West Bengal is the 13th largest and 4th most populous state of India. It recorded an average fiscal deficit of 4.3% of gross state domestic product (GSDP) from 2007 to 2012—double the state average of 2.1% in India during the same period. The fiscal stress was driven by the state’s low own-tax revenue (OTR) effort and high nondiscretionary expenditure on salaries, interest, and pensions. The exceedingly high preemption of own-revenue receipts had required large borrowings and trapped the state in a cycle of mounting revenue and fiscal deficits, with negative consequences on the state’s development agenda and growth prospects.
The Asian Development Bank (ADB) approved the first West Bengal Development Finance Program (WBDFP-I) in 2012, principally to create the fiscal space to augment and sustain higher development spending. Policy actions in the first program clearly boosted the state government’s revenue performance in a broad-based manner and helped improve the state’s financial position.
The Second West Bengal Development Finance Program (WBDFP-II), approved by ADB for a $300 million loan in September 2017, was designed to help the state government further consolidate its finances and step up financing of infrastructure, social welfare, and development programs, with the envisaged impact of improving the accessibility, quality, and affordability of public services. The expected outcome of the two-tranche policy-based loan was improvement in and sustainability of investment, particularly in the social and economic sectors. It had three planned outputs: (i) expenditure rationalization accelerated, (ii) private investment promoted, and (iii) revenue administration strengthened.
WBDFP-II was implemented as initially designed and the scope was not changed. Output 1 was achieved through the implementation of several reforms, including (i) improving the operational efficiency of state-owned enterprises (SOEs) and settling the financial liabilities of two loss-making SOEs; (ii) using information technology to make the management of state expenditures more efficient, adopting a risk-based internal audit manual, and increasing capital outlay; (iii) integrating a gender-sensitive medium-term expenditure framework for the School Education Department and the Department of Health and Family Welfare and preparing gender impact assessment reports for selected programs; (iv) expanding the availability of quality health services by setting up outpatient departments in 34 new hospitals across the state; and (v) ensuring the payment of health insurance premiums for at least 95% of registered beneficiaries under the national health insurance scheme.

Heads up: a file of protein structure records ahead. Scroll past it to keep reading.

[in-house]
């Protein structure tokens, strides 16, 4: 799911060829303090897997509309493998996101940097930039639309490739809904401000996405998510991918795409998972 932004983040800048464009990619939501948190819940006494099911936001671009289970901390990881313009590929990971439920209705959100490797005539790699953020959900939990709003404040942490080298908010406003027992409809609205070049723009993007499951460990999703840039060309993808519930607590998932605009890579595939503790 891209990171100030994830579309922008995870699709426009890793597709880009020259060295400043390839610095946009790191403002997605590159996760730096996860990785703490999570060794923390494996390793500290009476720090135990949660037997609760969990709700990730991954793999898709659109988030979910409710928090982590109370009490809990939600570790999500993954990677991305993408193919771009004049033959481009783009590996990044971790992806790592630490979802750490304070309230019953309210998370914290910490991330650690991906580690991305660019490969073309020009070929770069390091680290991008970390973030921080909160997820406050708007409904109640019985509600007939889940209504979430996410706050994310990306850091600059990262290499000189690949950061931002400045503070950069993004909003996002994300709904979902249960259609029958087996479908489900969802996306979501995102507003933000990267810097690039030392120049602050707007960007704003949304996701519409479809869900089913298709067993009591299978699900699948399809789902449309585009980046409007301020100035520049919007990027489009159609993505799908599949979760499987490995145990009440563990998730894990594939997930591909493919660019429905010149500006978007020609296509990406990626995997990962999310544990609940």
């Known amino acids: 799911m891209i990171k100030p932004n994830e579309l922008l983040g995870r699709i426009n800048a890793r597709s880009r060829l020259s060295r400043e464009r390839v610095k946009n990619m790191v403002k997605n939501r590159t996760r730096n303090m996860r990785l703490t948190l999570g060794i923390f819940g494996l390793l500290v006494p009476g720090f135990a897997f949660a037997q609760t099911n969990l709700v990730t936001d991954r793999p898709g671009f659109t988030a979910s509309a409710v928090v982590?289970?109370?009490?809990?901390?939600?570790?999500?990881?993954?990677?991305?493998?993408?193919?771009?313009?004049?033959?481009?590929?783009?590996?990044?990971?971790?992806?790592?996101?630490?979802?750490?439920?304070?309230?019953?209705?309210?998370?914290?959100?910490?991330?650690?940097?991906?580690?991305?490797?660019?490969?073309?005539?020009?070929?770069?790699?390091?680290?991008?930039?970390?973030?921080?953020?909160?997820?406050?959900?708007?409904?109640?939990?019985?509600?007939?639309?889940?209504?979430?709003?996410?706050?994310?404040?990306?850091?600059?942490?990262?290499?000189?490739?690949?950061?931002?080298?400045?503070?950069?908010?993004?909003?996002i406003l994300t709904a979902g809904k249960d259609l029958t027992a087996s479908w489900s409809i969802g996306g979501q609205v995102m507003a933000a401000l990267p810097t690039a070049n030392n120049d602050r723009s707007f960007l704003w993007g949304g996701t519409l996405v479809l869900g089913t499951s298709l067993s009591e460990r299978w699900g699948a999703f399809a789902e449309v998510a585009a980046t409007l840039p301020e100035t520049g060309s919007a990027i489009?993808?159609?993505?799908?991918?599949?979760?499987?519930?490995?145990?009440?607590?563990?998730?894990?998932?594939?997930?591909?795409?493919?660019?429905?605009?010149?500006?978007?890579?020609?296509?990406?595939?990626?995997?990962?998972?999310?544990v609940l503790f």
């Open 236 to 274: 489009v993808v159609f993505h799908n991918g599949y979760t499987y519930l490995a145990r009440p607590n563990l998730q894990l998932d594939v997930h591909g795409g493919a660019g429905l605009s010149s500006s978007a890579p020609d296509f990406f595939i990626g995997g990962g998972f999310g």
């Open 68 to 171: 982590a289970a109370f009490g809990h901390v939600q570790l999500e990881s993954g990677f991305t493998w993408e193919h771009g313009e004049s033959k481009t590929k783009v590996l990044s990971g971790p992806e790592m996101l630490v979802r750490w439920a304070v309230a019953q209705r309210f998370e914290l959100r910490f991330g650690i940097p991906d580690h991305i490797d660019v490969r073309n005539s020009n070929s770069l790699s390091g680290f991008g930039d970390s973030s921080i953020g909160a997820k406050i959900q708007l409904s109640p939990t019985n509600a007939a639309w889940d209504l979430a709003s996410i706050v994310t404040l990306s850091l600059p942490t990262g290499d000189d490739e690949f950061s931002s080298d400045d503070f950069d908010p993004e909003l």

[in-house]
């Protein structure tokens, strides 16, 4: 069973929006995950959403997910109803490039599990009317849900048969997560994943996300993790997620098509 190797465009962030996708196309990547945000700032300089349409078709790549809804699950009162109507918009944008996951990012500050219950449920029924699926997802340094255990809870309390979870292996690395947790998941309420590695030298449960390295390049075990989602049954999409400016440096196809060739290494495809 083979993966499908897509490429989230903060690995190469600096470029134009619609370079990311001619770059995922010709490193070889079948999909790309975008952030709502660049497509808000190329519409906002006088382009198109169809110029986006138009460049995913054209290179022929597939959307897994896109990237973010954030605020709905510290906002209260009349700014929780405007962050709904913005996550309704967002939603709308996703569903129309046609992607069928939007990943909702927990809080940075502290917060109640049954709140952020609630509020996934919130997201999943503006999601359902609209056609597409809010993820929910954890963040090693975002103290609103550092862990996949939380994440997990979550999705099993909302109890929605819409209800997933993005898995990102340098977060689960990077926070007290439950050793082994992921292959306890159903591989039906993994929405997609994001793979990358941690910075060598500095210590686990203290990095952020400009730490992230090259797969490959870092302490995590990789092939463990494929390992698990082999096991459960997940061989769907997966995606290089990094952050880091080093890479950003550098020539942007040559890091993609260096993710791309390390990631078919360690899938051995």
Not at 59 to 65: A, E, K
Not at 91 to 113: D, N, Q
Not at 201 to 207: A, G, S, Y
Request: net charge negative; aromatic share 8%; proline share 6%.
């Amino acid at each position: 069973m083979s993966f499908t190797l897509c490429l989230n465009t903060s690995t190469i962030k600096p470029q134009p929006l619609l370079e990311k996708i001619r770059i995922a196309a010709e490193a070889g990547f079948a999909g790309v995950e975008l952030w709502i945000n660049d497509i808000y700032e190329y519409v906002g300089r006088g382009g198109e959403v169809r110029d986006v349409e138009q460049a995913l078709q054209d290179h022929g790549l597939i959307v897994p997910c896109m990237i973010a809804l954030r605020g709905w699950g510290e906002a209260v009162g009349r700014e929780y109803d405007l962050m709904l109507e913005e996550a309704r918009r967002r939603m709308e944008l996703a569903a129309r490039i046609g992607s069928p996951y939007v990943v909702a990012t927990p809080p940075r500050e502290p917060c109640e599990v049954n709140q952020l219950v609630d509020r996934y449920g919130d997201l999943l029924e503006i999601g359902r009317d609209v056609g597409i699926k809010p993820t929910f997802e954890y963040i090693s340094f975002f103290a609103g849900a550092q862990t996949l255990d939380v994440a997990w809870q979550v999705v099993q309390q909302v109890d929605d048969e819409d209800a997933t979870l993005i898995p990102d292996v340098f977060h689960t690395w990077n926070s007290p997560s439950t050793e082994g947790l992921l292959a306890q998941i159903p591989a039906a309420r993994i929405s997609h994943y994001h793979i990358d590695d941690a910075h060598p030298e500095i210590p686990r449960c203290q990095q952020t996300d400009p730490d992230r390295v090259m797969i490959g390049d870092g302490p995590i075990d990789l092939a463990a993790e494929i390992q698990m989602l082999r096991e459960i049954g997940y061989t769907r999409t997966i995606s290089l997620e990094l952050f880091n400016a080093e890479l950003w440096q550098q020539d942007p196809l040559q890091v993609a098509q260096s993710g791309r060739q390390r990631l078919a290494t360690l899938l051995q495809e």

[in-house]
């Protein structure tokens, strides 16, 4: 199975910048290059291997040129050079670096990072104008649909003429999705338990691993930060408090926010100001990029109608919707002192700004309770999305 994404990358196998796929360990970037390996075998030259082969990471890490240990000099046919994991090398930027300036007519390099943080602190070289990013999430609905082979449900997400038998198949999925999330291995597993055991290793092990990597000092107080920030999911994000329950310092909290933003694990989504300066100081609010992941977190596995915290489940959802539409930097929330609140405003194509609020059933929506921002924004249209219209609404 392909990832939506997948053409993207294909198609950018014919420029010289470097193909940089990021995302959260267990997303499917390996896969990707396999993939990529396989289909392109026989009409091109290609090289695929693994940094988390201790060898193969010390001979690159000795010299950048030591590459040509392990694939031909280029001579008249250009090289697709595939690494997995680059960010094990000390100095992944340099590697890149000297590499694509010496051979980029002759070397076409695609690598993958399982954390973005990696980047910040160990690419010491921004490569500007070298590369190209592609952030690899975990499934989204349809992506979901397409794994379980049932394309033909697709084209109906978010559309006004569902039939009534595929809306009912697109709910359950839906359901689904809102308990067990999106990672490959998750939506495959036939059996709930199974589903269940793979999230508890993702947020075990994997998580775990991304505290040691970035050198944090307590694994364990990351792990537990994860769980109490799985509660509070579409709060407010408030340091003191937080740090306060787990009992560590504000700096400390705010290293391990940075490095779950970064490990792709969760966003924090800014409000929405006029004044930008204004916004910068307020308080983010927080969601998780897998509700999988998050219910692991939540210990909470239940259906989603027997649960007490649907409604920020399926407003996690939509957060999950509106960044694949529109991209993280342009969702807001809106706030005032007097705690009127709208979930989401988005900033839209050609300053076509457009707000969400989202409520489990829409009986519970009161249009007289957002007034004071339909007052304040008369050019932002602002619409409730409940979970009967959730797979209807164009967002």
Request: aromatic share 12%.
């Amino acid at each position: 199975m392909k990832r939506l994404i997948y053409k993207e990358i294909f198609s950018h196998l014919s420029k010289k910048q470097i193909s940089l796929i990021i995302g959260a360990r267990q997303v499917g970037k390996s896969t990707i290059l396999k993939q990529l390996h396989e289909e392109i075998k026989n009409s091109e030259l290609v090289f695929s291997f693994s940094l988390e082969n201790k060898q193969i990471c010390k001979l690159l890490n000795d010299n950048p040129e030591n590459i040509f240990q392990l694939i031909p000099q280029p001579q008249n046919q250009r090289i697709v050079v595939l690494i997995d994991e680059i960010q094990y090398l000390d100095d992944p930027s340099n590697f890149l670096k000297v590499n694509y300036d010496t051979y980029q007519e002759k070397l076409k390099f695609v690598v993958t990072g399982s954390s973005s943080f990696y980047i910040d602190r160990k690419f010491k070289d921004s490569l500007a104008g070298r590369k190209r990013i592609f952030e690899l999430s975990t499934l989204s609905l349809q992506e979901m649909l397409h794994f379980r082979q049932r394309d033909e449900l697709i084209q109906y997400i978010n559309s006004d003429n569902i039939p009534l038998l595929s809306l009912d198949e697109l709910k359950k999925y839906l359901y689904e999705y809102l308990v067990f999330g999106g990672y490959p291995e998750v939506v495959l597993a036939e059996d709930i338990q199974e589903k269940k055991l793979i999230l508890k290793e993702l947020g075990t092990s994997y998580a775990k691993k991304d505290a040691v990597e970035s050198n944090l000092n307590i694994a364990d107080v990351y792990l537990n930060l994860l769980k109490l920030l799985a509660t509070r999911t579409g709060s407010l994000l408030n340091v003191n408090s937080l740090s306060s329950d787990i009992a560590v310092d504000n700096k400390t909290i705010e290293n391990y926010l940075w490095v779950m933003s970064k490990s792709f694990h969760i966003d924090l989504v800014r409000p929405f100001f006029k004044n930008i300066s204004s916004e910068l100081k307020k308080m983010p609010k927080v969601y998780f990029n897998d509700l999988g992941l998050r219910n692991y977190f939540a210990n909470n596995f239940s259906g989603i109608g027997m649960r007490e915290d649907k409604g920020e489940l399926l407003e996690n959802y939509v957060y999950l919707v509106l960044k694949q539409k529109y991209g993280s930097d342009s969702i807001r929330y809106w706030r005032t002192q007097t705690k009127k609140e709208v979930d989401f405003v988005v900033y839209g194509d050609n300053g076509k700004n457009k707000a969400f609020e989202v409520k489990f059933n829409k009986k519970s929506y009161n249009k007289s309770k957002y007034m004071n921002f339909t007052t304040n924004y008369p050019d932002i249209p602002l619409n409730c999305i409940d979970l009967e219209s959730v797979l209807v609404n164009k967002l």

Under output 2, the state government established and transferred ₹3 billion to the West Bengal Infrastructure Investment Development Fund (WBIIDF) to promote public-private partnership (PPP) investments, particularly in the health sector. The WBIIDF offered viability gap funding (VGF) to eligible beneficiaries to enable them to provide five diagnostic services for free—digital x-ray, computerized tomography–scan, magnetic resonance imaging, (iv) dialysis, and (v) audio-vestibular clinics—such that patients anywhere in the state would not have to travel more than 50 kilometers to access them. As against the target of ₹1.80 billion, about ₹1.84 billion was disbursed as VGF until September 2019. Given the successful uptake of such PPP projects, the government is proposing to expand coverage to other ancillary services such as laundry. The state government has also created a single-window portal from where investors can obtain the certificates and licenses required to set up and operate a business in West Bengal, eliminating the need to physically visit any government department or office.
Under output 3, all 16 commercial tax circles in the state have been integrated under the tax-monitoring system, and 100% of the permanent account numbers of dealers verified before the launch of the goods and services tax. A comprehensive tracking mechanism for all liquor trade in the state has been implemented and this helped minimize the risk of revenue diversion, resulting in more than 50% increase in excise revenue between 2017 and 2019. All legacy records (more than 24 million) starting from 1985 have been fully scanned and uploaded to the computerized environment with full metadata, enabling quick search and retrieval of data across all state registration offices. New property registration transactions are wholly digital. The land records and records of rights in all 346 state blocks have been digitized. Property registration and mutation of land records have been interlinked with complete digitization.
Having completed 24 of its 25 intended policy action outputs, the program successfully achieved its intended outcome and impact. The policy conditions were appropriately sequenced, and the two tranches provided adequate support to the government to maintain its expenditure program. With support from the program, the state has thus further consolidated its fiscal situation. The annual GSDP growth rate increased from 7.2% in 2017 to 10.11% in 2019, in contrast with a decline in India’s gross domestic product growth rate from 8.17% in 2017 to 6.81% in 2019. A key impact of the state’s improved fiscal position was an increase in capital expenditure from 1.44% of GSDP in 2017 to 2.17% in 2019. Although delayed, the state is also on its way to complying with the requirements of the Fiscal Responsibility and Budget Management Act, which has three benchmarks: zero revenue deficit, fiscal deficit not exceeding 3% of GSDP, and debt stock reduced to 34.3% of GSDP.
The Finance Department was the executing agency. The line agencies served as implementing agencies.